38 Open Access Papers on Glaciology in High Mountain Asia

   TwitCount

A special thematic issue of the Annals of Glaciology has recently been published by Cambridge University Press (link). The thirty-eight open access papers, written by research teams from around the globe, cover different aspects of glaciological research in High Mountain Asia, which includes the Himalayas, Hindu Kush, Karakoram, Pamir, Tien Shan, and Tibetan Plateau mountain ranges.  From studies of glacier changes to high-altitude meteorology, glacier dynamics, glacier lakes and outburst floods, ice cores and avalanches, the material demonstrates the breadth of research being conducted in the High Mountain Asia region. 

Most of the published research was first presented at the International Glaciological Society (IGS; www.igsoc.org) Symposium on Glaciology in High Mountain Asia, which was co-sponsored by the International Centre for Integrated Mountain Development (ICIMOD). The symposium took place in March 2015 in Kathmandu and was attended by 245 scientists and students (http://www.icimod.org/?q=17276).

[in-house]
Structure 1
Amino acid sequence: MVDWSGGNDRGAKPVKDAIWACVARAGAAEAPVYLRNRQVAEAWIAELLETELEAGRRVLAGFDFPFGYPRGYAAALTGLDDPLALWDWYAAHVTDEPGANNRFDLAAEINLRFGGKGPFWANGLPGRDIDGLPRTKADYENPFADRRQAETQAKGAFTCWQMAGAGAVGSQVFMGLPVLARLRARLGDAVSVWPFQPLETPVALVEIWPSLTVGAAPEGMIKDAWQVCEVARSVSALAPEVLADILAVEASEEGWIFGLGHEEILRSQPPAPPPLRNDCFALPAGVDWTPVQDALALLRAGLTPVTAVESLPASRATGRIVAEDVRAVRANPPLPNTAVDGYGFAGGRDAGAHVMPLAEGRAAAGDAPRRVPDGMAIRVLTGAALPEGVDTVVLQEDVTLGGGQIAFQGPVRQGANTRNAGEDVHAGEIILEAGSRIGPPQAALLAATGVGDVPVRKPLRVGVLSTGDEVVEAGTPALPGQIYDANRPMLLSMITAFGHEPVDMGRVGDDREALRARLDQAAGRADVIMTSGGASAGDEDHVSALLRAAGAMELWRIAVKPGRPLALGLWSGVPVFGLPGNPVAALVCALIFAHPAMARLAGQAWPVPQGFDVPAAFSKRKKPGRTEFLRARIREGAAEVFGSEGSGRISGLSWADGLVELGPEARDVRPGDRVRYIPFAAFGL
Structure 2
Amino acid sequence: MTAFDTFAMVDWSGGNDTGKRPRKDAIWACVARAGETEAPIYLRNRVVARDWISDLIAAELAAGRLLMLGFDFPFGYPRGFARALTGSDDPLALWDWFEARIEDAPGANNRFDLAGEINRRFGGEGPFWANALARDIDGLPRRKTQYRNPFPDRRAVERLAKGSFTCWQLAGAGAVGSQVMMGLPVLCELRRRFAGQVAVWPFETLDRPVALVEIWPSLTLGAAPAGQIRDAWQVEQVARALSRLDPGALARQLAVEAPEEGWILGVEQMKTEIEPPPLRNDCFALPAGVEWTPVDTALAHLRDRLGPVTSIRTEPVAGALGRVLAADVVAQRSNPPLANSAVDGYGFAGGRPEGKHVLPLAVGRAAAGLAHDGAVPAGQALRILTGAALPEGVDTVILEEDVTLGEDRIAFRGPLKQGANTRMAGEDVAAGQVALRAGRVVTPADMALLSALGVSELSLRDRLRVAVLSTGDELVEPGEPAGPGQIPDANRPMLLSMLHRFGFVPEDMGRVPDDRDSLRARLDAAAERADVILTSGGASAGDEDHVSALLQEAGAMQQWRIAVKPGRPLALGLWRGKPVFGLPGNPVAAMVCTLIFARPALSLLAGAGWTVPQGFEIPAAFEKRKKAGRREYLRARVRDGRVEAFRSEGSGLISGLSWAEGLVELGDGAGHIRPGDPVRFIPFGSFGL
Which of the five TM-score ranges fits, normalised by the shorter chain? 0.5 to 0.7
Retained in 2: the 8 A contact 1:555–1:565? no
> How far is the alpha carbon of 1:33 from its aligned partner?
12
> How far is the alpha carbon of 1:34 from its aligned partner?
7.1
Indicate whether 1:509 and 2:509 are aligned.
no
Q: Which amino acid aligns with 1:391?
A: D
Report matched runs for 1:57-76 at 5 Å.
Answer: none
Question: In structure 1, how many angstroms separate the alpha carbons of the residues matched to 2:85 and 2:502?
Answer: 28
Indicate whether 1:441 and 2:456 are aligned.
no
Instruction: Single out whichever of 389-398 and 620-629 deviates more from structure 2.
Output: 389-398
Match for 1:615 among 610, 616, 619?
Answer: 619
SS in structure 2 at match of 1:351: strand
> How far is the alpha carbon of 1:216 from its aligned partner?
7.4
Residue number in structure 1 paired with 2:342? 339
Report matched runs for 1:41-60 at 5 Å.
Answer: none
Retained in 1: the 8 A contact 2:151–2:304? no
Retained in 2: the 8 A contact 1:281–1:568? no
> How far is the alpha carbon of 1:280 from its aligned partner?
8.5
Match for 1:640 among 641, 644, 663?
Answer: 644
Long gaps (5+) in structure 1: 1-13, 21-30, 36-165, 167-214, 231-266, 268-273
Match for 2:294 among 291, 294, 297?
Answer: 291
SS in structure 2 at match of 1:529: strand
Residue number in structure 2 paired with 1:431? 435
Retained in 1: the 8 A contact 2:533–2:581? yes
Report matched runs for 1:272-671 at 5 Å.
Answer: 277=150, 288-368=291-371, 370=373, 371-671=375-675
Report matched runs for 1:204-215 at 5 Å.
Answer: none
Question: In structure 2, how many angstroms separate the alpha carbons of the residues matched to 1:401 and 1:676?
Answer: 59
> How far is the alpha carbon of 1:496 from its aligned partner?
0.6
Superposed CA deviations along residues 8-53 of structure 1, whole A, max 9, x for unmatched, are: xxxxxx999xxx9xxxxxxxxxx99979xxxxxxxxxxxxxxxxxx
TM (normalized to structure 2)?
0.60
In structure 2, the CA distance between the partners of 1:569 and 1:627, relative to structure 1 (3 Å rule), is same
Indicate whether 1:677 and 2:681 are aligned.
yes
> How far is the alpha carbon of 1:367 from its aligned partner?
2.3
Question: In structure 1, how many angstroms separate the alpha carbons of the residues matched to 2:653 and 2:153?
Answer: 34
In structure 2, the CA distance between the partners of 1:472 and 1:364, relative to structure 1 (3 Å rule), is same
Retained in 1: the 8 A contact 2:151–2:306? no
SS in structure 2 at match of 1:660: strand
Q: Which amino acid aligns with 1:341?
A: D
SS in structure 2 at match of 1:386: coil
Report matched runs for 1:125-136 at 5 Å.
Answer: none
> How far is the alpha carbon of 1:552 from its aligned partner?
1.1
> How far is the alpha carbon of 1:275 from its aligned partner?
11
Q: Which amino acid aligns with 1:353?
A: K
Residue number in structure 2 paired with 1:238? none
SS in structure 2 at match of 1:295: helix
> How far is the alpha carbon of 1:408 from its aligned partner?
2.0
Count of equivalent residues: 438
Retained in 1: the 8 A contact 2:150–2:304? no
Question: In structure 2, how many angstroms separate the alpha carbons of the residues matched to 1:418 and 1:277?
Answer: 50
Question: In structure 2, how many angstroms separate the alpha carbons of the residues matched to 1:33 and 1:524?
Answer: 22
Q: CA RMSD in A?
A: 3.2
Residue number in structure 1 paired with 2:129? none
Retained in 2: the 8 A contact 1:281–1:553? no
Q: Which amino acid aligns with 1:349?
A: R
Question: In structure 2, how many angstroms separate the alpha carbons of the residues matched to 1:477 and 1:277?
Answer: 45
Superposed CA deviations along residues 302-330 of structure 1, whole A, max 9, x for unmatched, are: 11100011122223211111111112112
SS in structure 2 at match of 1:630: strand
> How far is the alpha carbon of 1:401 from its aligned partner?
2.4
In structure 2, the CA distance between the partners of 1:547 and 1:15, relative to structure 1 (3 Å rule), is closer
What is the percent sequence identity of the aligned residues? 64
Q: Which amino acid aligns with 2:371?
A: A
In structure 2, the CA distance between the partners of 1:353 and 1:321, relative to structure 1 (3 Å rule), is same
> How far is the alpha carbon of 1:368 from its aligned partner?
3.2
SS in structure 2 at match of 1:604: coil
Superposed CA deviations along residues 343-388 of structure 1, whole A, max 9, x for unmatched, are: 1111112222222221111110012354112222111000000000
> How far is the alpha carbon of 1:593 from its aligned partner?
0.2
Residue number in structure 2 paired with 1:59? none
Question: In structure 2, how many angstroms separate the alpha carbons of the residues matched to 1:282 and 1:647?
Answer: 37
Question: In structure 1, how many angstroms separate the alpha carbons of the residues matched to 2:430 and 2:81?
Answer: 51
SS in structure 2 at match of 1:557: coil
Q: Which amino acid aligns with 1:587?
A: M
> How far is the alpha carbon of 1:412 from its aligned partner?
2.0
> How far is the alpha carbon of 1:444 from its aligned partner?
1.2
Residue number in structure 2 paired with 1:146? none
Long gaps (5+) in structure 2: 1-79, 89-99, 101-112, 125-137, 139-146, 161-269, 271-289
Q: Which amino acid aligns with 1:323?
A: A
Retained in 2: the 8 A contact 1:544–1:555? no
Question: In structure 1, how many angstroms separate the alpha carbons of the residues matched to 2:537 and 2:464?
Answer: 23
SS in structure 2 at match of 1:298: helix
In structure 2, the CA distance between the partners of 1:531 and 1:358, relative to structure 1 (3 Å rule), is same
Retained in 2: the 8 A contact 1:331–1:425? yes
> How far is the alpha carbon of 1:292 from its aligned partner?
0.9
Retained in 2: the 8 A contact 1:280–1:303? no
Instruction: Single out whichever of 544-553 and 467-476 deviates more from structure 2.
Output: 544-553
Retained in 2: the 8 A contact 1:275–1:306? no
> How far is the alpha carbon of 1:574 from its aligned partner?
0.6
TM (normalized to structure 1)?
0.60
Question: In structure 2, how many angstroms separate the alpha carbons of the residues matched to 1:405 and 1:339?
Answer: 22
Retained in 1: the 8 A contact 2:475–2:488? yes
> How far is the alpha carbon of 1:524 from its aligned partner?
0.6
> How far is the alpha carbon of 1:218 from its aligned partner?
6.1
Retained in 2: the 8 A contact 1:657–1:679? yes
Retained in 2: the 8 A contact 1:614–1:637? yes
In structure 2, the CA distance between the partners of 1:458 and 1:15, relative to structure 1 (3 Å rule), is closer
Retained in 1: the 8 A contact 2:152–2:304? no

Graham Cogley, Chief Editor of the special issue, noted that in addition to the noteworthy scientific advances reported by the authors of papers in the proceedings volume, the symposium and its proceedings played a significant role in developing the skills and capacity of glaciological colleagues from developing Asian countries. ‘This is of the first importance for High Mountain Asia as its people face up to a future in which water and ice will present many of the challenges’, he said. Seventeen of the published papers are led by scientists from ICIMOD regional member countries. 

Joseph Shea, Senior Glacier Hydrologist at ICIMOD, said publication of the Annals also reflects the dedication and efforts of many authors, reviewers, and editors. 

‘It’s a benchmark publication for glaciological research in the region. And as an institution dedicated to open access practices, ICIMOD is also thrilled to be part of the first fully open access issue of the Annals of Glaciology’, noted Shea, who was chair of the local organising committee of the symposium and an associate Scientific Editor for the special issue. The IGS recently switched to an open-access publication format to increase access to glaciological research and promote openness in science.